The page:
Neuenfelde

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Neuenfelde
View over the Elbe river to Neuenfelde
View over the Elbe river to Neuenfelde
Neuenfelde is located in Germany
Neuenfelde
Coordinates: 53°30′53″N 9°47′44″E / 53.51472°N 9.79556°E / 53.51472; 9.79556Coordinates: 53°30′53″N 9°47′44″E / 53.51472°N 9.79556°E / 53.51472; 9.79556
Country Germany
State Hamburg
City Hamburg
Borough Hamburg-Harburg
Area
 • Total 15.5 km2 (6.0 sq mi)
Population (31.12.2011)
 • Total 4,671
 • Density 300/km2 (780/sq mi)
Time zone CET/CEST (UTC+1/+2)
Dialling codes 040
Vehicle registration HH

Neuenfelde is a rural quarter located in the borough Harburg of Hamburg, Germany near the Lower Saxony border. The quarter is well known for its quality of fruit and unique houses, many of which prove to be popular attractions for tourists passing through, it belongs to the Altes Land region and is quite known for the cherry and apple tree blossom. In 2006 the population was 4,614.

History[edit]

An A380 landing at Finkenwerder airport, with the local church below

Neuenfelde as Nincop was first mentioned in 1257 as a village of Dutch settlers. In 1937 due to the Greater Hamburg Act Neuenfelde became a part of Hamburg.

The survival of the settlement is currently under threat from the nearby Airbus factory and its airport. Over the past few years, Airbus extended their runway towards Neuenfelde. This upset local residents, many of whom have had to sell their properties in order to accommodate these plans. Another source of upset was the planned relocation of the local St. Pankratius church, home to a historic Baroque organ built by Arp Schnitger. On July 16, 2007 the new longer runway started operations.[1]

Geography[edit]

In 2006 according to the statistical office of Hamburg and Schleswig-Holstein, the quarter Neuenfelde has a total area of 15.5 km2 (6 sq mi). Neuenfelde is part of the region Altes Land.[2] The quarter borders in the North to the river Elbe and the Finkenwerder quarter of the borough of Hamburg-Mitte. In the West is the small quarter Cranz and the district of Stade of Lower Saxony In the south is the Neugraben-Fischbek quarter and the eastern bordern is to the quarter Francop. The settlement Neuenfelde consists of two main streets; Nincoper Straße and Arp-Schnitger-Steig, the latter populated by the majority of the town's commercial activity, notably a kindergarten, school, fire brigade, restaurant, pharmacy and a hair salon. Bordering the settlement is Hasselwerder Straße and Marschkamper Deich.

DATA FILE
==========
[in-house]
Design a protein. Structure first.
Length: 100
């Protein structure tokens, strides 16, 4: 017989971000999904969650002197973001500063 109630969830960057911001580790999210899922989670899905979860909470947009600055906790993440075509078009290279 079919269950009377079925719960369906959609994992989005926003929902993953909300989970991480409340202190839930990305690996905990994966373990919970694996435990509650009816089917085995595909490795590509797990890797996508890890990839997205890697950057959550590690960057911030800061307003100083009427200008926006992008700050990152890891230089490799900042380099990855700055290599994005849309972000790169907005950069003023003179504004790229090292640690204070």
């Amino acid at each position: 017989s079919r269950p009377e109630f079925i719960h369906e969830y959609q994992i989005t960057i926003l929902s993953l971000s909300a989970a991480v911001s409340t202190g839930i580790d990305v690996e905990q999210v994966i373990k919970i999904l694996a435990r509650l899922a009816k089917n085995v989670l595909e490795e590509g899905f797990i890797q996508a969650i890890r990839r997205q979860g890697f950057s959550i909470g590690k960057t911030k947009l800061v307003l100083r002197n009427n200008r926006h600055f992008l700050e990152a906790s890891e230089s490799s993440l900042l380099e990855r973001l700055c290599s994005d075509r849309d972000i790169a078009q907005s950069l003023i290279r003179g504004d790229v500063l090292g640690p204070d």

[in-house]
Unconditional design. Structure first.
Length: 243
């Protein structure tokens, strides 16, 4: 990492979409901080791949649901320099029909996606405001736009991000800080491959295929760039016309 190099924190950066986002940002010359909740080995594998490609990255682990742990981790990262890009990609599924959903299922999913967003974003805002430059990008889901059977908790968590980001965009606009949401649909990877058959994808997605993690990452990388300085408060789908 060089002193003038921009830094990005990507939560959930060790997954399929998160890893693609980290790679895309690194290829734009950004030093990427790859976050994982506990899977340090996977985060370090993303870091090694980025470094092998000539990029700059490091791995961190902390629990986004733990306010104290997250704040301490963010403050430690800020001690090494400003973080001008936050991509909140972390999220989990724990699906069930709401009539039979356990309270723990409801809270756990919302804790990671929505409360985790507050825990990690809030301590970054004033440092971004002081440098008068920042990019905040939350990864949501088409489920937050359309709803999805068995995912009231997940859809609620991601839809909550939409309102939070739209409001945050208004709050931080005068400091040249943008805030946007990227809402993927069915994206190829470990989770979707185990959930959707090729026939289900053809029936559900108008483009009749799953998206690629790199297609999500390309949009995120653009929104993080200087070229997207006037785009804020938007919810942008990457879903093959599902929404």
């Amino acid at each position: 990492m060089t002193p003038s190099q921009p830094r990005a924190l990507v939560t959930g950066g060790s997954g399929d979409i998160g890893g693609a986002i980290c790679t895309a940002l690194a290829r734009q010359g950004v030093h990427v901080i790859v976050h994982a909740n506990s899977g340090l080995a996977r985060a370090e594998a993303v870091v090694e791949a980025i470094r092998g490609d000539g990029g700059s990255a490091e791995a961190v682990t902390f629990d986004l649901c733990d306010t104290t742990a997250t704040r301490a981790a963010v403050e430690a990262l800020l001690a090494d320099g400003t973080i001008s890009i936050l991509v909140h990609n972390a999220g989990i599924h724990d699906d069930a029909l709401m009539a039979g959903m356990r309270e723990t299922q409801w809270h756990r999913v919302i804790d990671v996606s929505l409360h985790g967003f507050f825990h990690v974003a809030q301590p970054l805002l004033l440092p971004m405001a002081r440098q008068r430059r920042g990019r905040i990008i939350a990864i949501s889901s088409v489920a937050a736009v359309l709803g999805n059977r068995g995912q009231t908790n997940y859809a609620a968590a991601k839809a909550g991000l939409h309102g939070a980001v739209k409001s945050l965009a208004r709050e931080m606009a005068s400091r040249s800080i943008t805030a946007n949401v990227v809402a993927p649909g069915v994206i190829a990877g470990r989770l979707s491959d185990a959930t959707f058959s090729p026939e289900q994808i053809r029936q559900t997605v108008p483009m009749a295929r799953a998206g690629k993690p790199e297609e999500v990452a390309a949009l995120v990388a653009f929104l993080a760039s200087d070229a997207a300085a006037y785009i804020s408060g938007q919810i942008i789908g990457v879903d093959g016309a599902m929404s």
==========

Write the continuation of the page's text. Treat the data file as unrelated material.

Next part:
Demographics[edit]

In 2006 in the quarter of Neuenfelde lived 4,614 people. The population density was 298 inhabitants per square kilometre (772 /sq mi). 22.2% were children under the age of 18, and 14.9% were 65 years of age or older. 25.3% were resident alliens. 199 people were registered as unemployed.[3]

In 1999 there were 2,026 households and 26.5% of all households were made up of individuals.[4]

There were 1 elementary school and no secondary school in the quarter Neuenfelde and 2 physicians in private practice and no pharmacy.[5]

Transportation[edit]

The quarter is not serviced by the rapid transit system of S- or U-Bahn, however public transport to the city is provided by the bus no. 257 to Neugraben, as well as the bus no. 150 to Altona. According to the Department of Motor Vehicles (Kraftfahrt-Bundesamt), in the quarter Neuenfelde were 2,001 private cars registered (429 cars/1000 people).[5]

Notable buildings[edit]

  • St. Pankratius-Kirche, local church

Notable persons[edit]

Notes[edit]

  1. ^ http://www.rege-hamburg.de/templates/pressetemplate.php?presseid=57 press information release ReGe Hamburg Projekt-Realisierungsgesellschaft mbH (in German)
  2. ^ "Altländer ABC". 900jahreneuenfelde.de. Retrieved 2008-10-01.  (German)
  3. ^ Residents registration office, source: statistical office of Hamburg and Schleswig-Holstein (2006)
  4. ^ Source: statistical office of Hamburg and Schleswig-Holstein (1999)
  5. ^ a b Source: statistical office of Hamburg and Schleswig-Holstein (2006)

References[edit]

External links[edit]

  • 3 Meilen vor Hamburg - official web site of the Altes Land tourism association. Retrieved on 1 October 2008.